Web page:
The Unbranding of Body-Shaming

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The advertising industry has never been shy about making money off body-shaming. “Are you beach-body ready?” asks an ad for Protein World featuring a slim model in a yellow bikini. Another—this one for a fitness gym—pairs a pear with the headline, “This is no shape for a girl.”

As our consciousness rises, ads like these are on the decline, but they still show up from time to time—in print and online, in subway cars and on highway billboards. One place you won’t see them is Pinterest, which has long vetoed content pushing liposuction, slimming gels, appetite-crushing diet pills and, most importantly, body-shaming language or imagery. True, Instagram and Facebook have similar policies, and Planet Fitness’s “Judgement Free Zone” policy dates back to the early 1990s. But Pinterest went a big step further this past July 1 and banned all weight-loss messaging and advertising from its platform—the first and only social media service to do so.

You’ll find no before-and-after weight-loss pictures on Pinterest, no ads for seven-day miracle diets or fat-burning protein shakes, nothing about calories, Body Mass Index or low-carb meals. If you’re desperate for a way to shed 10 pounds in time for your upcoming Cabo getaway or your brother’s wedding, you won’t find it, or anything remotely like it, on Pinterest. The big diet brands are gone too—Noom, Atkins, Jenny Craig, WW (nee Weight Watchers).

As we’ve noted before in this space, the pandemic has triggered a snacking boom in the U.S., adding a second, jokey meaning to “the COVID 19.” But the reality, says Sarah Brommer, Pinterest’s head of policy, is that many people are now facing real challenges related to body image and mental health, particularly as we begin to emerge from the pandemic and move deep into summer. “Many are now feeling added pressure as they look to rejoin their social circles in person for the first time in 15 months,” she adds.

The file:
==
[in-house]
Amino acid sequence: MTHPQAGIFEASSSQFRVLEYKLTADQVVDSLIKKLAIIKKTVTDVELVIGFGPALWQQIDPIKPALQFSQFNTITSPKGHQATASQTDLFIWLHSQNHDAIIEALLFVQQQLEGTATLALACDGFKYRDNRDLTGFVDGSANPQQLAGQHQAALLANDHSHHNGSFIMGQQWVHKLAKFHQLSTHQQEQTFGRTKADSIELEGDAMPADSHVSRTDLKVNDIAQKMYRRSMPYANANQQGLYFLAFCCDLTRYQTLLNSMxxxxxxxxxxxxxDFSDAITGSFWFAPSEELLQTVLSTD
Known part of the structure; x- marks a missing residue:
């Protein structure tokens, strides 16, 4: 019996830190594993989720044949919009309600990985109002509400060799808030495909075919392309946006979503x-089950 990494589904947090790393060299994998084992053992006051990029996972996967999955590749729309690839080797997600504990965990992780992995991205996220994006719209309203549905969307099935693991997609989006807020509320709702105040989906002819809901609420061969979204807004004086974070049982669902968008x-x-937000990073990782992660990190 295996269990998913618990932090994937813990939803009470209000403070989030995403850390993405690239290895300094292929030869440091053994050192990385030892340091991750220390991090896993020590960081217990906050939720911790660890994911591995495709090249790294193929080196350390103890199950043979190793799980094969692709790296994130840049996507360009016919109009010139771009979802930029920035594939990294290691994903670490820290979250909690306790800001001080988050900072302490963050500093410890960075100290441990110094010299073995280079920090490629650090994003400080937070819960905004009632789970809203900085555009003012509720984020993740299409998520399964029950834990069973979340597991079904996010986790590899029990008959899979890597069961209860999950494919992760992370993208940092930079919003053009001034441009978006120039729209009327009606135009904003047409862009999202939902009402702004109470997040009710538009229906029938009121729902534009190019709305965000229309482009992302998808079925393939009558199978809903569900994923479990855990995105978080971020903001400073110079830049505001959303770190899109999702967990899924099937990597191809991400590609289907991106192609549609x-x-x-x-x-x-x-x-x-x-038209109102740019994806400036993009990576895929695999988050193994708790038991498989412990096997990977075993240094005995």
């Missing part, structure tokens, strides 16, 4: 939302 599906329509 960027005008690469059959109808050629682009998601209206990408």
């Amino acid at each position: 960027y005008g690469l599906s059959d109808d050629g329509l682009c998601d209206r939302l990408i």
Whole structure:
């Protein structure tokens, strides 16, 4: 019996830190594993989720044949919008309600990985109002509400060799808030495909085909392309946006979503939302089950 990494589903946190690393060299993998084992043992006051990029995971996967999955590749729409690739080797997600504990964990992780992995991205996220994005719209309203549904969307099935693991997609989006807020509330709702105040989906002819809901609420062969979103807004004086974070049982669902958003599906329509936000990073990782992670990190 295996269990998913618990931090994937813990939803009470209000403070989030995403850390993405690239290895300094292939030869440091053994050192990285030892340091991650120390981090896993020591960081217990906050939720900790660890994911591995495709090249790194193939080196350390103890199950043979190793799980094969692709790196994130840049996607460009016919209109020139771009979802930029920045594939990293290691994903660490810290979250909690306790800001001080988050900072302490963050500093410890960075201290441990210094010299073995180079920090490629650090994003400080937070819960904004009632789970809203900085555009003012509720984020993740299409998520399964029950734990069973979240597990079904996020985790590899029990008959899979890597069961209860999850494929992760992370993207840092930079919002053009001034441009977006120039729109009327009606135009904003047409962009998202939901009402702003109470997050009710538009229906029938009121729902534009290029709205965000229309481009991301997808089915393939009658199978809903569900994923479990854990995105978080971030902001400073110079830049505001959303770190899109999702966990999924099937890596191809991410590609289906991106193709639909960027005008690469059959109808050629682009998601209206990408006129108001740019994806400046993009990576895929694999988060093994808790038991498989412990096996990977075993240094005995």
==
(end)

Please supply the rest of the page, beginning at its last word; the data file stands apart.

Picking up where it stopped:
Body shaming is not new, nor is it based solely on weight loss. A Google image search yields a surfeit of ads—some recent, some dating back a century or more—telling you that you’re too thin, too short, too bald, or even too dark-skinned, and that it’s probably your fault. But despair not: our product will fix the problem and make you a better person.

To be sure, nowhere does Pinterest suggest that we throw caution to the winds and eat ourselves into oblivion, or that obesity and eating disorders are not major health concerns. Nor will the company block ads that promote healthy lifestyles or fitness services.

But as the world becomes more sensitized to body-shaming in all its toxic forms, the branding of diet culture has in some way outlived its relevance. “We’re empowering Pinners to plan for a summer and beyond without weight loss ads,” says Pinterest’s Brommer. “That way they can focus on what matters most.”